Peer says public are 'begging' to keep Section 28

Click to follow
Indy Politics

The government faced a bitter clash with the Lords last night over plans to repeal Section 28, the clause banning promotion of homosexuality by councils.

The government faced a bitter clash with the Lords last night over plans to repeal Section 28, the clause banning promotion of homosexuality by councils.

Ministers were stepping up efforts to gain support for its abolition as Baroness Young, a leading Tory supporter of the clause, said that members of the public had been "begging" her to remain firm over the issue.

Launching an appeal to the Lords, she said children would be at risk if the legislation werescrapped.

"One thing I am quite certain about is that the overwhelming majority of the British public don't want Section 28 repealed. If we abolish Section 28 we send out a clear signal to local authorities to promote homosexuality. I will fight for the rights of children as long as I have a breath in my body," Lady Young said.

If peers decide to continue their opposition to the Government's plans, ministers have indicated that they may be forced to drop the repeal for now, because they fear that the Local Government Bill could be delayed otherwise.

As well as repealing Section 28, the Bill includes an overhaul of local government, creating elected mayors and cabinets for councils and introducing ethical guidelines.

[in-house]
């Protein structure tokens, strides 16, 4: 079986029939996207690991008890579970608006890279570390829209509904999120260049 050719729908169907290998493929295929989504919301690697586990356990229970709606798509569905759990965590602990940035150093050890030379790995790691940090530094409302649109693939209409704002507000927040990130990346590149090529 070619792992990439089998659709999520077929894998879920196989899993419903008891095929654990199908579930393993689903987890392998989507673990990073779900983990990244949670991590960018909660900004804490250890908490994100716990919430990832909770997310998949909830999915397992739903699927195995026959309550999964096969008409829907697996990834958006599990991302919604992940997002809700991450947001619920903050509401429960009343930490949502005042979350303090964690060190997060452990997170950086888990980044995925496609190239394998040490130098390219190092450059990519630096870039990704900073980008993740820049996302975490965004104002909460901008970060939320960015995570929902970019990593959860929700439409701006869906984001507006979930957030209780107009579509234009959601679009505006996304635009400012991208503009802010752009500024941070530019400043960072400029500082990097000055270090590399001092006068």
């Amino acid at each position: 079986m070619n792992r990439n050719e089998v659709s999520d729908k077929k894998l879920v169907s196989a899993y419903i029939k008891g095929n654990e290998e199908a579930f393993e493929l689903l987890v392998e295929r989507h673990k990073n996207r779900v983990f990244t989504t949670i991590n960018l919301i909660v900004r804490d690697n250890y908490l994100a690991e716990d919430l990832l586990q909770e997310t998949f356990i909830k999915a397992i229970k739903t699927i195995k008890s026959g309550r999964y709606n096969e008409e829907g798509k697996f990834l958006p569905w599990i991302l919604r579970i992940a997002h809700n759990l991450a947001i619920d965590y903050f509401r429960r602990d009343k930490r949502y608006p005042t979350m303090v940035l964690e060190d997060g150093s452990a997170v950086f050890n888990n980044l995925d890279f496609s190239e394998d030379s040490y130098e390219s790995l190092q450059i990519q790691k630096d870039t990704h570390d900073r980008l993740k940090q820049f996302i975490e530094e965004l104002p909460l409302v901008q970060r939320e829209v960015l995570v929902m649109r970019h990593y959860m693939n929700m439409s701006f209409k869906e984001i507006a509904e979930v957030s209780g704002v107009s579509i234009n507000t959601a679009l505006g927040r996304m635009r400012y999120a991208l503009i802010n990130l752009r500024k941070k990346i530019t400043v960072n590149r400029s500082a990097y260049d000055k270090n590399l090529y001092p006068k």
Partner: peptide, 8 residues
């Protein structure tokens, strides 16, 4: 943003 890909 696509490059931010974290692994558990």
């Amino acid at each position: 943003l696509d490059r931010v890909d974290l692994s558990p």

The Government was badly defeated in the last vote on the section's repeal in the Lords. Since then Tony Blair has created 30 new working Labour and Liberal Democrat peers but victory is still far from secure.

Ministers hope that the peers' opposition has lessened, because several bishops accepted new sex-education guidelines last week. The peers also threw out Lady Young's plans to underline the importance of marriage in comparison to stable relationships.

Lord Whitty, local-government minister, said during yesterday's debate: "I hope now, with the adoption of this new guidance, we are now in a different position."

He said that the situation had significantly changed since peers last voted on the issue because of the adoption of the sex guidelines. "We have a heavy responsibility to protect minorities and act as the defender of all citizens. We have the duty to protect human rights of minorities."

Earlier, peers supported plans to modernise town halls with "cabinet"-style executives and local mayors.

The move, during the final stages of the Local Government Bill, came after a last-minute Liberal Democrat compromise deal which allows smaller councils with populations below 85,000 to choose alternative arrangements.

But Conservatives, led by the opposition frontbencher Lord Dixon-Smith, protested that deals would in future be made behind closed doors by a small executive cabal, denying proper scrutiny and accountability.

Lord Dixon-Smith's amendment to keep the committee system of local authorities failed on a vote by 169 to 221, a government majority of 52.

Lord Whitty told the House that backing the Conservative move would mean "councils standing still".

Lord Whitty said that although there were some members of the Local Government Association that did not like the Bill, the organisation recognised that change in the structure of local government was necessary.